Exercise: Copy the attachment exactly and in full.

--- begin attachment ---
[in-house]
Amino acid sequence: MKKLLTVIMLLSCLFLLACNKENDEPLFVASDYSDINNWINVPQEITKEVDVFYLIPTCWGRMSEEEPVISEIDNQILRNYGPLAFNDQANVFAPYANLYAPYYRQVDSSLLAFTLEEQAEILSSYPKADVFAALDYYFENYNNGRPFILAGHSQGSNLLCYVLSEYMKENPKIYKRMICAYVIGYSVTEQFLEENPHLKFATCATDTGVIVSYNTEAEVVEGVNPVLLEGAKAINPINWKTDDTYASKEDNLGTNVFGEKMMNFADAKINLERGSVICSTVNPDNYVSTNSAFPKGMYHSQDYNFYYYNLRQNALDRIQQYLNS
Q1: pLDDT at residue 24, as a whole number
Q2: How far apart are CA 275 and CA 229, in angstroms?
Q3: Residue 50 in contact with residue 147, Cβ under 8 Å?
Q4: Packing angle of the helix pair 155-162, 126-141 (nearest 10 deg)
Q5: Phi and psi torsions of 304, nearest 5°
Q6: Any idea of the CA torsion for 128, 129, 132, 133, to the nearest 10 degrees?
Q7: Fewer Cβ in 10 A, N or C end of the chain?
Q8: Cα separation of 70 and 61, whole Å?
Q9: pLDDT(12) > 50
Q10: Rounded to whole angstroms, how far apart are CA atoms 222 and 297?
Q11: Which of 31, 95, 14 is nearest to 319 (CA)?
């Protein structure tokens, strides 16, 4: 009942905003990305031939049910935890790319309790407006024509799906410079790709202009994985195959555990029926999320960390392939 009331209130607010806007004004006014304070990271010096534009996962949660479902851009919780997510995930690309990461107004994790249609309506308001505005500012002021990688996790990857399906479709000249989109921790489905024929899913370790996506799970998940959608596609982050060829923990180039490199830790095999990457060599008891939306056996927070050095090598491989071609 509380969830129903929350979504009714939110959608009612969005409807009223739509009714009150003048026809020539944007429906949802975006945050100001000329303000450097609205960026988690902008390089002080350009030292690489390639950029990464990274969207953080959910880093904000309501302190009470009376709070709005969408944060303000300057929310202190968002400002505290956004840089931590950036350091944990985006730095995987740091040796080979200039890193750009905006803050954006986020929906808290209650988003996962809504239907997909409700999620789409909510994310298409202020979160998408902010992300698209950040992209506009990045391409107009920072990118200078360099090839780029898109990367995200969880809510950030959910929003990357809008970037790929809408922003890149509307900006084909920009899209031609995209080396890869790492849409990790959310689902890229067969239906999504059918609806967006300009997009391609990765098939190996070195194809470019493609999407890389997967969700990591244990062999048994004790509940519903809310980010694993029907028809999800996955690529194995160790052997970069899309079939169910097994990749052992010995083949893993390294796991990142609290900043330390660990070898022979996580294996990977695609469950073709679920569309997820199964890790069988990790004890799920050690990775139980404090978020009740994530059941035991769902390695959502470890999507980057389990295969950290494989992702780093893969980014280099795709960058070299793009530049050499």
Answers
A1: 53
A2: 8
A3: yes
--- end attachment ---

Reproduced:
[in-house]
Amino acid sequence: MKKLLTVIMLLSCLFLLACNKENDEPLFVASDYSDINNWINVPQEITKEVDVFYLIPTCWGRMSEEEPVISEIDNQILRNYGPLAFNDQANVFAPYANLYAPYYRQVDSSLLAFTLEEQAEILSSYPKADVFAALDYYFENYNNGRPFILAGHSQGSNLLCYVLSEYMKENPKIYKRMICAYVIGYSVTEQFLEENPHLKFATCATDTGVIVSYNTEAEVVEGVNPVLLEGAKAINPINWKTDDTYASKEDNLGTNVFGEKMMNFADAKINLERGSVICSTVNPDNYVSTNSAFPKGMYHSQDYNFYYYNLRQNALDRIQQYLNS
Q1: pLDDT at residue 24, as a whole number
Q2: How far apart are CA 275 and CA 229, in angstroms?
Q3: Residue 50 in contact with residue 147, Cβ under 8 Å?
Q4: Packing angle of the helix pair 155-162, 126-141 (nearest 10 deg)
Q5: Phi and psi torsions of 304, nearest 5°
Q6: Any idea of the CA torsion for 128, 129, 132, 133, to the nearest 10 degrees?
Q7: Fewer Cβ in 10 A, N or C end of the chain?
Q8: Cα separation of 70 and 61, whole Å?
Q9: pLDDT(12) > 50
Q10: Rounded to whole angstroms, how far apart are CA atoms 222 and 297?
Q11: Which of 31, 95, 14 is nearest to 319 (CA)?
């Protein structure tokens, strides 16, 4: 009942905003990305031939049910935890790319309790407006024509799906410079790709202009994985195959555990029926999320960390392939 009331209130607010806007004004006014304070990271010096534009996962949660479902851009919780997510995930690309990461107004994790249609309506308001505005500012002021990688996790990857399906479709000249989109921790489905024929899913370790996506799970998940959608596609982050060829923990180039490199830790095999990457060599008891939306056996927070050095090598491989071609 509380969830129903929350979504009714939110959608009612969005409807009223739509009714009150003048026809020539944007429906949802975006945050100001000329303000450097609205960026988690902008390089002080350009030292690489390639950029990464990274969207953080959910880093904000309501302190009470009376709070709005969408944060303000300057929310202190968002400002505290956004840089931590950036350091944990985006730095995987740091040796080979200039890193750009905006803050954006986020929906808290209650988003996962809504239907997909409700999620789409909510994310298409202020979160998408902010992300698209950040992209506009990045391409107009920072990118200078360099090839780029898109990367995200969880809510950030959910929003990357809008970037790929809408922003890149509307900006084909920009899209031609995209080396890869790492849409990790959310689902890229067969239906999504059918609806967006300009997009391609990765098939190996070195194809470019493609999407890389997967969700990591244990062999048994004790509940519903809310980010694993029907028809999800996955690529194995160790052997970069899309079939169910097994990749052992010995083949893993390294796991990142609290900043330390660990070898022979996580294996990977695609469950073709679920569309997820199964890790069988990790004890799920050690990775139980404090978020009740994530059941035991769902390695959502470890999507980057389990295969950290494989992702780093893969980014280099795709960058070299793009530049050499």
Answers
A1: 53
A2: 8
A3: yes